This post is typed verbatim from Keys to the Japanese Heart + Soul, an excerpt from Japan: An Illustrated Encyclopedia with authors' notes at the bottom.
Giri, Reciprocal Obligations
'Giri' refers to the obligation to act according to the dictates of society in relation to other persons. This only applies to particular persons with whom one has certain social relations, however. It is a sense of giri that obliges reciprocity in giving; it compels one to return equal favours to those who have been helpful. The concept implies a moral force that causes one to engage in reciprocal activities, even when a person is not particularly inclined to do so.
To feudal warriors, giri referred to an obligation to serve their lord, even at the cost of their lives, to repay the on received from their lord.
To be observant of giri is an indication of high moral worth. To neglect giri is to lost the trust of others, and to eventually lose their support. Generally, human feelings do not conflict with social norms (as people usually think according to what they were conditioned to believe), and observance of giri does not conflict with ninjou (what one "naturally" feels towards others, love, hate, respect, etc.). However, conflicts do inevitably arise, and must be dealt with accordingly. Today, giri and ninjou are outmoded connotations, but the concept is far from eradication. The concepts are still very important in rules of conduct today, and someone who does not adhere to them may find themselves in difficult positions.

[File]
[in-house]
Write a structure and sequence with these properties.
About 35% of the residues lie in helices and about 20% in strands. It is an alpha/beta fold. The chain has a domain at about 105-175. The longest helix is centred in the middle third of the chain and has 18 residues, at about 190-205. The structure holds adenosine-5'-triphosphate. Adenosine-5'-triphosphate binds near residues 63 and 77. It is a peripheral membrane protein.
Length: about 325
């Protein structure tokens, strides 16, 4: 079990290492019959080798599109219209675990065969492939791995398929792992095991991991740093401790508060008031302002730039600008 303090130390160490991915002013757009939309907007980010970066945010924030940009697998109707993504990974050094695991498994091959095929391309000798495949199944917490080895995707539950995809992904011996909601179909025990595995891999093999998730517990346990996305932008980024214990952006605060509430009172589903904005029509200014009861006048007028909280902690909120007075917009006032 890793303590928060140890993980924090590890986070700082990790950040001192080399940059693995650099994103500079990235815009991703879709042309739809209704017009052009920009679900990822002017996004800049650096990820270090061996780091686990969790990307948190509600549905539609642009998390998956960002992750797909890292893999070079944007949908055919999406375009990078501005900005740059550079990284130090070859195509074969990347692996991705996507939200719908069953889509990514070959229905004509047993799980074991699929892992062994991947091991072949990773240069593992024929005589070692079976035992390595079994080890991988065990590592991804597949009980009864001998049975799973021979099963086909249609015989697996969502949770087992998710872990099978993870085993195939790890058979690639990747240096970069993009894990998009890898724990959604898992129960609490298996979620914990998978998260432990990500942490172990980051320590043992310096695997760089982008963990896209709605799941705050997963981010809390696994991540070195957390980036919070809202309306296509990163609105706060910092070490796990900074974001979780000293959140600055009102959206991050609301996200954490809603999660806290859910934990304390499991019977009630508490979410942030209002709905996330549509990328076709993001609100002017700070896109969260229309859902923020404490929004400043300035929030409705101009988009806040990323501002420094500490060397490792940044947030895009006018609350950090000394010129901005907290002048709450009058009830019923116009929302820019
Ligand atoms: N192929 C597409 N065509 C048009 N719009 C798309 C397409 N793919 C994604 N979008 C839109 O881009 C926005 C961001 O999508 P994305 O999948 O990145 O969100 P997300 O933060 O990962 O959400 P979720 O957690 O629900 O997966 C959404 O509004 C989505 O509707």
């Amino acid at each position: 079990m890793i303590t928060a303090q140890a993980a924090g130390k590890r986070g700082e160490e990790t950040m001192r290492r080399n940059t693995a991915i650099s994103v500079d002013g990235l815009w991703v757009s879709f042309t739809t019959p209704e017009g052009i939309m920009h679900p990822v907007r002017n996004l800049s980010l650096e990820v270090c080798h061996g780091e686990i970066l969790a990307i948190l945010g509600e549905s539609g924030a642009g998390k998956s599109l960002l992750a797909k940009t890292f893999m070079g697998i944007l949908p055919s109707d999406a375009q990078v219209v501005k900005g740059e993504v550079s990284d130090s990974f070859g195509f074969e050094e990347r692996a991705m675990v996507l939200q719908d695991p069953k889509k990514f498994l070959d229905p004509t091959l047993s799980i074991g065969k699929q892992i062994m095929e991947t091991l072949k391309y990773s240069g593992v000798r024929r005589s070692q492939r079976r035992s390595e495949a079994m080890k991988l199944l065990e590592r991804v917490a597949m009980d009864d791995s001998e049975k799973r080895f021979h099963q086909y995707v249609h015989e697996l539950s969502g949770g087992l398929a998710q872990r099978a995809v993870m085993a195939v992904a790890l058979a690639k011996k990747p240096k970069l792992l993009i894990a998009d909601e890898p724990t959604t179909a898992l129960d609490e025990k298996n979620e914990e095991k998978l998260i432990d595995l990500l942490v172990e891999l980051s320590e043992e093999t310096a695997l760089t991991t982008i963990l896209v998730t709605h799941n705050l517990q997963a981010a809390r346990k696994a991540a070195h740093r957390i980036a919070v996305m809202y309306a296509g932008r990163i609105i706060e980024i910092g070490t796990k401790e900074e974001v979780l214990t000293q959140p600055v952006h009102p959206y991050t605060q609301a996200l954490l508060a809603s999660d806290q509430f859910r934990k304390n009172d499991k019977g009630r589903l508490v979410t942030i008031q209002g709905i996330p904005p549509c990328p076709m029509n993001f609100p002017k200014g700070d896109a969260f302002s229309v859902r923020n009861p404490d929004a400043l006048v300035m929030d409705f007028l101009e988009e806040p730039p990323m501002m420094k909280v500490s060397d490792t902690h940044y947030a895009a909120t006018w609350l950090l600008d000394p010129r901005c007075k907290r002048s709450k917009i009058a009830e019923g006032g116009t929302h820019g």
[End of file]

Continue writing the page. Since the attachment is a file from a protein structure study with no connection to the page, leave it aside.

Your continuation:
Previously: On, A Sense of Indebtedness
Next: Ninjou, Natural Feelings